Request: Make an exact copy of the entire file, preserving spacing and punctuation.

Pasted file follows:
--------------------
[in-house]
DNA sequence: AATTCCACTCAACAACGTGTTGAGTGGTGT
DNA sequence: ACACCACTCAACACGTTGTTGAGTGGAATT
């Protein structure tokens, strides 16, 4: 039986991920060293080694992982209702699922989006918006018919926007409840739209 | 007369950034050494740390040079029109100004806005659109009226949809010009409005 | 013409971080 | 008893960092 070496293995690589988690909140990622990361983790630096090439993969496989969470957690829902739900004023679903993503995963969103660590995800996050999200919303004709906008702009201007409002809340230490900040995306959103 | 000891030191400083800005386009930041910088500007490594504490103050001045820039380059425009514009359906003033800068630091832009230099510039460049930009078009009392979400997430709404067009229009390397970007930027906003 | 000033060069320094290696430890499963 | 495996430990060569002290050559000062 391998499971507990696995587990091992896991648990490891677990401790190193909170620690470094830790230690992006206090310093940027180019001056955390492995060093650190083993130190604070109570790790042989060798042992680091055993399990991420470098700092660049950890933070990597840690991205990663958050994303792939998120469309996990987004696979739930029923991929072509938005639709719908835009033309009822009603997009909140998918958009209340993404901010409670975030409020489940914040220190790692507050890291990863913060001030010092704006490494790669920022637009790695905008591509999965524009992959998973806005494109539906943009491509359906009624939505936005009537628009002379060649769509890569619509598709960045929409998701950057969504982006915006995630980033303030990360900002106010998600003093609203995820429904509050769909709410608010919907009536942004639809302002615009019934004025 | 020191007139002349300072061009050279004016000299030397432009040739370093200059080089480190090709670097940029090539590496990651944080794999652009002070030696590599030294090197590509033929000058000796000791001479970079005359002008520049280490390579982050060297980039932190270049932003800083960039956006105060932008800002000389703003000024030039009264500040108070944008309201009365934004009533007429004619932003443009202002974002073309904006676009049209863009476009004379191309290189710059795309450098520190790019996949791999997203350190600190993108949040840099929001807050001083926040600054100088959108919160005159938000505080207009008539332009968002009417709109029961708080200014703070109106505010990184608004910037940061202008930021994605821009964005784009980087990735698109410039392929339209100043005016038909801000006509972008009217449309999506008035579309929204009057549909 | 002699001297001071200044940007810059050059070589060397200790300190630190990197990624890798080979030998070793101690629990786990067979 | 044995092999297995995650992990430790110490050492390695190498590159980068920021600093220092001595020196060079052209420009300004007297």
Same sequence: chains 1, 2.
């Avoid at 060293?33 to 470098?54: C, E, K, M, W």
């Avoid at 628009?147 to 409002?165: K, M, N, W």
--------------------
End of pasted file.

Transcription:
[in-house]
DNA sequence: AATTCCACTCAACAACGTGTTGAGTGGTGT
DNA sequence: ACACCACTCAACACGTTGTTGAGTGGAATT
């Protein structure tokens, strides 16, 4: 039986991920060293080694992982209702699922989006918006018919926007409840739209 | 007369950034050494740390040079029109100004806005659109009226949809010009409005 | 013409971080 | 008893960092 070496293995690589988690909140990622990361983790630096090439993969496989969470957690829902739900004023679903993503995963969103660590995800996050999200919303004709906008702009201007409002809340230490900040995306959103 | 000891030191400083800005386009930041910088500007490594504490103050001045820039380059425009514009359906003033800068630091832009230099510039460049930009078009009392979400997430709404067009229009390397970007930027906003 | 000033060069320094290696430890499963 | 495996430990060569002290050559000062 391998499971507990696995587990091992896991648990490891677990401790190193909170620690470094830790230690992006206090310093940027180019001056955390492995060093650190083993130190604070109570790790042989060798042992680091055993399990991420470098700092660049950890933070990597840690991205990663958050994303792939998120469309996990987004696979739930029923991929072509938005639709719908835009033309009822009603997009909140998918958009209340993404901010409670975030409020489940914040220190790692507050890291990863913060001030010092704006490494790669920022637009790695905008591509999965524009992959998973806005494109539906943009491509359906009624939505936005009537628009002379060649769509890569619509598709960045929409998701950057969504982006915006995630980033303030990360900002106010998600003093609203995820429904509050769909709410608010919907009536942004639809302002615009019934004025 | 020191007139002349300072061009050279004016000299030397432009040739370093200059080089480190090709670097940029090539590496990651944080794999652009002070030696590599030294090197590509033929000058000796000791001479970079005359002008520049280490390579982050060297980039932190270049932003800083960039956006105060932008800002000389703003000024030039009264500040108070944008309201009365934004009533007429004619932003443009202002974002073309904006676009049209863009476009004379191309290189710059795309450098520190790019996949791999997203350190600190993108949040840099929001807050001083926040600054100088959108919160005159938000505080207009008539332009968002009417709109029961708080200014703070109106505010990184608004910037940061202008930021994605821009964005784009980087990735698109410039392929339209100043005016038909801000006509972008009217449309999506008035579309929204009057549909 | 002699001297001071200044940007810059050059070589060397200790300190630190990197990624890798080979030998070793101690629990786990067979 | 044995092999297995995650992990430790110490050492390695190498590159980068920021600093220092001595020196060079052209420009300004007297």
Same sequence: chains 1, 2.
């Avoid at 060293?33 to 470098?54: C, E, K, M, W």
């Avoid at 628009?147 to 409002?165: K, M, N, W």